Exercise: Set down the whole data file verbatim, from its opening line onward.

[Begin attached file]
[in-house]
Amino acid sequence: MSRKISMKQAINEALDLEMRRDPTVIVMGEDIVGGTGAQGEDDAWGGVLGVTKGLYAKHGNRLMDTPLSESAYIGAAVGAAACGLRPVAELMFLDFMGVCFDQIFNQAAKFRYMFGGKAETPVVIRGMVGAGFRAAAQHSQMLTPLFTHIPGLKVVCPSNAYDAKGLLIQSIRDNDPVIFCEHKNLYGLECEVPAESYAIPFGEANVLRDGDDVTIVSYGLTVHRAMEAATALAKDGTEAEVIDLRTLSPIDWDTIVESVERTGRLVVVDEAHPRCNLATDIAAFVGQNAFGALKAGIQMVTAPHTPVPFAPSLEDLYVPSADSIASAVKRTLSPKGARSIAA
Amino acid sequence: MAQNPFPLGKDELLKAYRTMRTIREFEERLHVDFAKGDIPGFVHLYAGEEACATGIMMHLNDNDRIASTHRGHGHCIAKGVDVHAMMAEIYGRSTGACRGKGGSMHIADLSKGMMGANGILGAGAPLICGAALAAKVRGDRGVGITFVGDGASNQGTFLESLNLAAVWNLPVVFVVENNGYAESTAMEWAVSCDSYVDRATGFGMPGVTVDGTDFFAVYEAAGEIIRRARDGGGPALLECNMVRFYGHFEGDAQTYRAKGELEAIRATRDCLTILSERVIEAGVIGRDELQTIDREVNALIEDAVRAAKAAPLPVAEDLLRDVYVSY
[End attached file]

[in-house]
Amino acid sequence: MSRKISMKQAINEALDLEMRRDPTVIVMGEDIVGGTGAQGEDDAWGGVLGVTKGLYAKHGNRLMDTPLSESAYIGAAVGAAACGLRPVAELMFLDFMGVCFDQIFNQAAKFRYMFGGKAETPVVIRGMVGAGFRAAAQHSQMLTPLFTHIPGLKVVCPSNAYDAKGLLIQSIRDNDPVIFCEHKNLYGLECEVPAESYAIPFGEANVLRDGDDVTIVSYGLTVHRAMEAATALAKDGTEAEVIDLRTLSPIDWDTIVESVERTGRLVVVDEAHPRCNLATDIAAFVGQNAFGALKAGIQMVTAPHTPVPFAPSLEDLYVPSADSIASAVKRTLSPKGARSIAA
Amino acid sequence: MAQNPFPLGKDELLKAYRTMRTIREFEERLHVDFAKGDIPGFVHLYAGEEACATGIMMHLNDNDRIASTHRGHGHCIAKGVDVHAMMAEIYGRSTGACRGKGGSMHIADLSKGMMGANGILGAGAPLICGAALAAKVRGDRGVGITFVGDGASNQGTFLESLNLAAVWNLPVVFVVENNGYAESTAMEWAVSCDSYVDRATGFGMPGVTVDGTDFFAVYEAAGEIIRRARDGGGPALLECNMVRFYGHFEGDAQTYRAKGELEAIRATRDCLTILSERVIEAGVIGRDELQTIDREVNALIEDAVRAAKAAPLPVAEDLLRDVYVSY